After accounting for age and sex, adiposity traits showed significant negative associations with PC1 among both individuals of Arab ancestry (β = −4.66, SE = 2.47, P = 0.06; β = −4.85, SE = 1.79, P = 6.88 × 10−3; β = −6.31, SE = 2.12, P = 3.02 × 10−3, for BMI, total and trunk fat and total fat percentages, respectively) and Persian ancestry (β = −18.53, SE = 6.18, P = 2.77 × 10−3; β = −14.27, SE = 4.75, P = 2.73 × 10−3; β = −18.90, SE = 5.79, P = 1.13 × 10−3, for BMI, total and trunk fat and total fat percentages, respectively; Supplementary Fig. 5). Conversely, AMY1 CN did not associate with PC1 in Persians (P = 0.23), and only weakly in Arabs (β = −13.57, SE = 6.57, P = 0.04; Supplementary Fig. 5), where an increased Arab ancestry actually associated with higher copy number, i.e., in the opposite direction compared to our original association results. Therefore, our main findings do not appear to be biased by potential co-segregation of adiposity and AMY1 CN with ancestry.

Interestingly, while no difference in the association between AMY1 and adiposity was observed between subgroups of subjects characterized by varying degrees of Persian ancestry, the higher the Arab ancestry, the stronger the association with all adiposity traits (see “Methods” section, Supplementary Fig. 6). To explore what could drive this behavior, we evaluated the heritability of the three adiposity traits at varying degrees of ancestry (see “Methods” section). While, in general, the heritability of all adiposity traits was higher among Persians (42–44%) compared to Arabs (19–23%), Arabs (but not Persians) showed decreased heritability of these traits with increased ancestry (Supplementary Fig. 6). This was not driven by a decreased number or strength of pairwise kinship between subjects with strongest Arab ancestry, which might have deflated the heritability estimate. Instead we hypothesized that this could have been caused by ethnic-specific behavioral or environmental factors. We further assessed the association between PC1 and dietary behavior, finding a significant association between the degree of Arab ancestry and decreased tendency towards dietary restraint (P = 1.26 × 10−5; Supplementary Fig. 7), while dietary restraint behavior did not change between subgroups of subjects characterized by varying degrees of Persian ancestry (P > 0.05). Consistent with this finding, we observed a positive association between AMY1 CN and dietary restraint with increased Arab ancestry adjusting for age, sex and BMI, compared to Persians subjects (Supplementary Fig. 8).

Discussion

Elucidating the relationship between genetic architecture and obesity-related traits is of fundamental scientific and public-health concern, primarily due to the chronic comorbidities associated with obesity and the increased risk of premature mortality across various human populations22. The national STEPwise survey conducted in Qatar in 2012 reported an obesity epidemic (>70% of the adult population had a BMI ≥ 25 kg/m2), accompanied by an alarming rate of comorbidities in the affected population, such as hypertension (32.9% of respondents aged 18–64) and type II diabetes (17.6% of men and 15.9% of women)23.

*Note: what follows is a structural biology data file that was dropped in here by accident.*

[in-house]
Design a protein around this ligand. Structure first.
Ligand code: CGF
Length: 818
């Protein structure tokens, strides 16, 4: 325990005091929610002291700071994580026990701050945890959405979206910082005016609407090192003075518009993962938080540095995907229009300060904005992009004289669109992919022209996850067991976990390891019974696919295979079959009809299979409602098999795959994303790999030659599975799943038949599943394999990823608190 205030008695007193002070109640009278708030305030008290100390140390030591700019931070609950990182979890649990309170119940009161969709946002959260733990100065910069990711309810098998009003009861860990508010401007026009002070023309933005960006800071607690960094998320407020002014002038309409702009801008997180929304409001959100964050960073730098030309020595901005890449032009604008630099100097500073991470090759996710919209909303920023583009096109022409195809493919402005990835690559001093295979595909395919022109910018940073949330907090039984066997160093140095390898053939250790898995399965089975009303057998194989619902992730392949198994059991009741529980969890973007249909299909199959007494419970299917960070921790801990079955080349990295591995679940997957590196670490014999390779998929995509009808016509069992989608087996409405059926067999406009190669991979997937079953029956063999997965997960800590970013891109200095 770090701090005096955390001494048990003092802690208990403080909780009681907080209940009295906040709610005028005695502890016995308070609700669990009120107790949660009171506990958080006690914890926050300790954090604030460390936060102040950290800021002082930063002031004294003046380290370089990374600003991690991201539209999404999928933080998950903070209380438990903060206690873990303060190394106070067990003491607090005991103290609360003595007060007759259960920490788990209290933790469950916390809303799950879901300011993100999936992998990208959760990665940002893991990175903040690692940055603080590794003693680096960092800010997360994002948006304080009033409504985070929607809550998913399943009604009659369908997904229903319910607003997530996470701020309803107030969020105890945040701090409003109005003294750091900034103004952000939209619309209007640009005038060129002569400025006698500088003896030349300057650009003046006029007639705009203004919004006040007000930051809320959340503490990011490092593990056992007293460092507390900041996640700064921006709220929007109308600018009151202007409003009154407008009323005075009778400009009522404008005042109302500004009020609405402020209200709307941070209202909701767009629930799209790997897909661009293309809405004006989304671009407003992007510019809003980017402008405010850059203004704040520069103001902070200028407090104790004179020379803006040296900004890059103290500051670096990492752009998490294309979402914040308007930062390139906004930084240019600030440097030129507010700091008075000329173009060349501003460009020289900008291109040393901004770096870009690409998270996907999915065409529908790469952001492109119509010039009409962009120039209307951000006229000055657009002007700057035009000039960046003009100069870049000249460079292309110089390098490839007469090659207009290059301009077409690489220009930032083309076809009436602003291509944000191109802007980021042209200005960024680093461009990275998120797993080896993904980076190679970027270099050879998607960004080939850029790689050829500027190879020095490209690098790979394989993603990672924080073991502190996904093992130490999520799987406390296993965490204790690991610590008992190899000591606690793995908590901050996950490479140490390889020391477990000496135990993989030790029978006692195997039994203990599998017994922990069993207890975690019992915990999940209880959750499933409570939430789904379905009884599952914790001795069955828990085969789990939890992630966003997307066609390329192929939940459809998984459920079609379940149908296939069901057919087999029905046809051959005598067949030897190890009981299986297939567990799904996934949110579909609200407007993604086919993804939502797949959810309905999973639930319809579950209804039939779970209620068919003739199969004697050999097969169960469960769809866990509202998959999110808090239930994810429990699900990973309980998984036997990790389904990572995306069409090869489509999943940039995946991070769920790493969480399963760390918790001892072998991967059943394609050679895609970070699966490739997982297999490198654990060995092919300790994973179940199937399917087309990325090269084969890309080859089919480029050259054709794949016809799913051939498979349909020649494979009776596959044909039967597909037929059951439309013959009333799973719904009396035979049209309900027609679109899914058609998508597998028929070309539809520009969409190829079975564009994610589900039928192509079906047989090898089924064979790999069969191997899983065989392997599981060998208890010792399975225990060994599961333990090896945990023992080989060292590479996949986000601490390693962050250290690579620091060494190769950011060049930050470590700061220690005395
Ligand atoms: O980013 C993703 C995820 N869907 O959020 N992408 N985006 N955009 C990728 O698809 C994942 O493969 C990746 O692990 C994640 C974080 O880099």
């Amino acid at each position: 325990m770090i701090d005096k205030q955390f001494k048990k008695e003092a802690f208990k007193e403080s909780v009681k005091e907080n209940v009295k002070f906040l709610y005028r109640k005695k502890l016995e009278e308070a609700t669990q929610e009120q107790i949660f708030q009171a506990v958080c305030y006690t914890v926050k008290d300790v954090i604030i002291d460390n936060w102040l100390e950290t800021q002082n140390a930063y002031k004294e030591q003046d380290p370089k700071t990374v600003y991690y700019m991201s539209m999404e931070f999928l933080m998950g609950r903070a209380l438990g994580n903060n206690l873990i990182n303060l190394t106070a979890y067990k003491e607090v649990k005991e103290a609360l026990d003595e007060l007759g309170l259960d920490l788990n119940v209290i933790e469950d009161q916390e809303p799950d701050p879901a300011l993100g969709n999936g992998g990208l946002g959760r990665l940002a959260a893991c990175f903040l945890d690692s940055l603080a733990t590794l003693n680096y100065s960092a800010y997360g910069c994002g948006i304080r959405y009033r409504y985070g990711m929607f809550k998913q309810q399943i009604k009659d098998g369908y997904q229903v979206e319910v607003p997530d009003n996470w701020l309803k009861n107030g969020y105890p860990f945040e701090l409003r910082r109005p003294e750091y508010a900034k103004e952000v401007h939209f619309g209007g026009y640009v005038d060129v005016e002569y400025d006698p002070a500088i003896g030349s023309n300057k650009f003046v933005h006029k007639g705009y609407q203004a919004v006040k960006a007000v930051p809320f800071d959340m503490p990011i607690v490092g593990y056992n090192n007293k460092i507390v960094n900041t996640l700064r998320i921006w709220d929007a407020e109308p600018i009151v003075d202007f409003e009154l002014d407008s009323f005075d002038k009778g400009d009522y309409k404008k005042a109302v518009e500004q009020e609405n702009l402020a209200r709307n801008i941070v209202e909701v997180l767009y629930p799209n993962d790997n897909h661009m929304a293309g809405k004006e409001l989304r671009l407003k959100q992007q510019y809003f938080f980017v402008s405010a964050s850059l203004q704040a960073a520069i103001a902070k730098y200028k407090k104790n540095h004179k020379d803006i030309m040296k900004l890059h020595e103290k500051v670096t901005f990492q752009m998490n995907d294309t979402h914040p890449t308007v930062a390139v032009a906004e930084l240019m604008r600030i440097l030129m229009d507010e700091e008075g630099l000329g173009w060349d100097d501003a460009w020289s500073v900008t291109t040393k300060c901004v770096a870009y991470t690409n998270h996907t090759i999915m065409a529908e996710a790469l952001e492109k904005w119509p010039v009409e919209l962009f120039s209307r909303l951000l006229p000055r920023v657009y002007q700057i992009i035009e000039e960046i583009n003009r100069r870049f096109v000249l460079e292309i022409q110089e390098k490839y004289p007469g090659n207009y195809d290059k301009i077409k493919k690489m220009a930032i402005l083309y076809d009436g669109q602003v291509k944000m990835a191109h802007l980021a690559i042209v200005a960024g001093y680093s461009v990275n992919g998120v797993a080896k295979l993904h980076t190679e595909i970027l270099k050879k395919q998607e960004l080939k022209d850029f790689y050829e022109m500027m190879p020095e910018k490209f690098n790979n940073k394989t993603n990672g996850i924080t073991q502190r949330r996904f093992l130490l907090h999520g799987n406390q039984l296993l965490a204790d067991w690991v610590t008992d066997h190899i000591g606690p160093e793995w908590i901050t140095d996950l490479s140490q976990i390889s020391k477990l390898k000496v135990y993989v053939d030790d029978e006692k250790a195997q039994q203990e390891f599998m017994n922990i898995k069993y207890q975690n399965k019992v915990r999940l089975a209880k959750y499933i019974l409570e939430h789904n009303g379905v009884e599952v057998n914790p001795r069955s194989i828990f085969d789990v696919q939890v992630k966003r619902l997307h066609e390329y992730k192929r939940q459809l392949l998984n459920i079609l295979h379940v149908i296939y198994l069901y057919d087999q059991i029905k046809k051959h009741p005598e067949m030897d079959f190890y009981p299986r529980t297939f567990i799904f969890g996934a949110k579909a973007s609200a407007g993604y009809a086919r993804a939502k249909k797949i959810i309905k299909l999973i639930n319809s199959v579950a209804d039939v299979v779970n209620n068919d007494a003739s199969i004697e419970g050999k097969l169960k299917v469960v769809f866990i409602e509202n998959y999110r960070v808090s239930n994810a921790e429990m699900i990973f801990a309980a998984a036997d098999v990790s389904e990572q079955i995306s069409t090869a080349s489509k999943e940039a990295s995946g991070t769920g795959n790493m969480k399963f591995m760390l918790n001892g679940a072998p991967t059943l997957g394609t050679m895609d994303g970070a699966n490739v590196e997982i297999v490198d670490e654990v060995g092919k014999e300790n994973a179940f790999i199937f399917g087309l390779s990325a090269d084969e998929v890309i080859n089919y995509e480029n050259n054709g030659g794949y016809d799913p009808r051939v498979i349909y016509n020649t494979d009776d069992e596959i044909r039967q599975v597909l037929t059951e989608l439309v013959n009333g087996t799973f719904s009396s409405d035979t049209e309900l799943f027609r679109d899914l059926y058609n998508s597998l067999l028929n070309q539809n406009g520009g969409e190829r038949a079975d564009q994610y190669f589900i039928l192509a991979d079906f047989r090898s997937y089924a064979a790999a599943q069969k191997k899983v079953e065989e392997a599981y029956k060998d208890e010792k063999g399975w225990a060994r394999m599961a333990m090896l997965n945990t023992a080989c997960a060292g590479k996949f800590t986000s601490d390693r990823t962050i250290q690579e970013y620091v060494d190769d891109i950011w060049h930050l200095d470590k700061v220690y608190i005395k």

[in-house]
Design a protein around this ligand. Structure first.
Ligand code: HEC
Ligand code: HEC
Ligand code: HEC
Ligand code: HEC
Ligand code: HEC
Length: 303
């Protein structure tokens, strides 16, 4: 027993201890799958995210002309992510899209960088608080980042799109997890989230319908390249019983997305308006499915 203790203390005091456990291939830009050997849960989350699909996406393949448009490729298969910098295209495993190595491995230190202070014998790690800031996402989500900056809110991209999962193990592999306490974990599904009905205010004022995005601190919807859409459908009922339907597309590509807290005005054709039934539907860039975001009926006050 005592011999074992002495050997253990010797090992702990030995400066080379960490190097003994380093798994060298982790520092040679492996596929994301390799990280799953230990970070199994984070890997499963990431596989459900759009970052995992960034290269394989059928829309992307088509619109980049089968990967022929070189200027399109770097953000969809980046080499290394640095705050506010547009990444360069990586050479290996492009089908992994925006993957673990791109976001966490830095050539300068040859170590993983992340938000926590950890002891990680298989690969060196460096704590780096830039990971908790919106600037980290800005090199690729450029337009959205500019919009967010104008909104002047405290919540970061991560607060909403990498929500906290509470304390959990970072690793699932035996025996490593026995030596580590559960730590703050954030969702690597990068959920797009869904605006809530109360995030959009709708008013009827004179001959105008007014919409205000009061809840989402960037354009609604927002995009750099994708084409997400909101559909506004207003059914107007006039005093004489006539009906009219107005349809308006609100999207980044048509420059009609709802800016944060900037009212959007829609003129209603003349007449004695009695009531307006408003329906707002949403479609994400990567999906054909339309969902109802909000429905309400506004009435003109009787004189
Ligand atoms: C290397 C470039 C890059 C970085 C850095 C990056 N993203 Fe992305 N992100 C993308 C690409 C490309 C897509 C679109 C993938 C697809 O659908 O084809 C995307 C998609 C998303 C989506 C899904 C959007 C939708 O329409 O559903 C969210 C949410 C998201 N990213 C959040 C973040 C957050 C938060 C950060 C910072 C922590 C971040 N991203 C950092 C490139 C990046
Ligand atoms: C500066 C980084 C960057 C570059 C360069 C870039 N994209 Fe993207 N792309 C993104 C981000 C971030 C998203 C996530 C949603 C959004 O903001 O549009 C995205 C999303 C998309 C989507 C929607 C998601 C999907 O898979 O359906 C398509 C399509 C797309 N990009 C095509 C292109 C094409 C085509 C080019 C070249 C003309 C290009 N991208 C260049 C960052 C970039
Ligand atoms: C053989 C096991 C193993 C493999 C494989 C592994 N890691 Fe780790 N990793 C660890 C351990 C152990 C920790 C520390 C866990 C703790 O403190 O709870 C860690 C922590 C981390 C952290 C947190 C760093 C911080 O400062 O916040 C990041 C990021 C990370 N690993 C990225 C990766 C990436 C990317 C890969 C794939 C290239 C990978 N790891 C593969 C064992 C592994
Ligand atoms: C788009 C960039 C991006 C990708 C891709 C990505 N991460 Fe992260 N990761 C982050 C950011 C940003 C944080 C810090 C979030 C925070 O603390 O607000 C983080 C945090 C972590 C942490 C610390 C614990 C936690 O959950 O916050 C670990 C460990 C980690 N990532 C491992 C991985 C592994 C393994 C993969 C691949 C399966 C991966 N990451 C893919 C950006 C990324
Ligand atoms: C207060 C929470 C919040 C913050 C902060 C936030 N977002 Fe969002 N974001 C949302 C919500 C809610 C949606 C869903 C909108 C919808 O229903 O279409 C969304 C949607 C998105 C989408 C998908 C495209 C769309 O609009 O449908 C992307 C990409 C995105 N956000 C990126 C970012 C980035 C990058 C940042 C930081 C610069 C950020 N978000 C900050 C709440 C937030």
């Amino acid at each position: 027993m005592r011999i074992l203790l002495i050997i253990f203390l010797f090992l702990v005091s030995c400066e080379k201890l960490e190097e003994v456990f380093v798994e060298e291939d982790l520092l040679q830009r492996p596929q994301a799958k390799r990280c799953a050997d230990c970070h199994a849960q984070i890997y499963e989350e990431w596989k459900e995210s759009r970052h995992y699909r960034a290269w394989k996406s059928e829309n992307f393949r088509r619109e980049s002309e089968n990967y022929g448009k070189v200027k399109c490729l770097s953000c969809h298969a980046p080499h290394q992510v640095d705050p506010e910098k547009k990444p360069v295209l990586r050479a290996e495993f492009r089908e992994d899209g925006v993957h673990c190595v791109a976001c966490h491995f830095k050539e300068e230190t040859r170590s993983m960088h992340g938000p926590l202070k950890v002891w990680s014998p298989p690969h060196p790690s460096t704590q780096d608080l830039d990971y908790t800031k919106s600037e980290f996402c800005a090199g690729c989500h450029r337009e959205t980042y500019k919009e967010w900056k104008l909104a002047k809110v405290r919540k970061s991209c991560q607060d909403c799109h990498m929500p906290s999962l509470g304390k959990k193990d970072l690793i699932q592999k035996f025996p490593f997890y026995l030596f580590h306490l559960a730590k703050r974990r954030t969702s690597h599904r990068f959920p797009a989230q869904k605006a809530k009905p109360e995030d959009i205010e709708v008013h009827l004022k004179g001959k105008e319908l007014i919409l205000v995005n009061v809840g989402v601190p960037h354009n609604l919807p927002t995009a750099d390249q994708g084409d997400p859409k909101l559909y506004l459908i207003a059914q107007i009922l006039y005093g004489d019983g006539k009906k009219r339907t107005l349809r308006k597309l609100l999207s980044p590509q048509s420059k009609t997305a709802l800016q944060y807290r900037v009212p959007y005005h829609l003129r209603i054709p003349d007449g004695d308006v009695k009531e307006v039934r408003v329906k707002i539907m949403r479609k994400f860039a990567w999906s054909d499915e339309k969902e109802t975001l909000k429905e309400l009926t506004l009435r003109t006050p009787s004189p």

While previous works have investigated the association of SNPs, epigenetic markers and obesity in the Gulf Arab world24,25,26,27, no studies to date have uncovered copy number variants influencing adiposity in this population.

Here, we discretely genotyped the range of copy number variation at AMY1 and AMY2A genes through coverage analysis of 30× whole genome sequencing data in 2935 individuals from Qatar, and showed that (1) copy number at both genes has similar distribution and correlation to previous reports1,3,6,16, and (2) AMY1 CN is negatively associated with trunk fat percentage.

Putative mechanisms by which AMY1 may be linked to obesity involves its role in modulating starch intake, sweet-taste perception, and carbohydrate digestion28,29 and gut microbiome composition30,31. It has been reported that subjects expressing lower AMY1 levels show higher blood glucose and delayed insulin response following starch ingestion28, suggesting that carriers of lower AMY1 CN may be at higher risk of developing insulin resistance if chronically relaying on starch-rich diets. In addition, increased ketonuria is associated with low serum amylase32 which further supports the hypothesis that individuals with lower AMY1 CN may not be fully adapted to a carbohydrate-based diet. Indeed, a combined mass-spec and NMR metabolomics study of homogeneous and age-matched normal weight French adult females highlighted increased reliance on lipid vs glucose metabolism for energy production in low CN carriers at AMY133.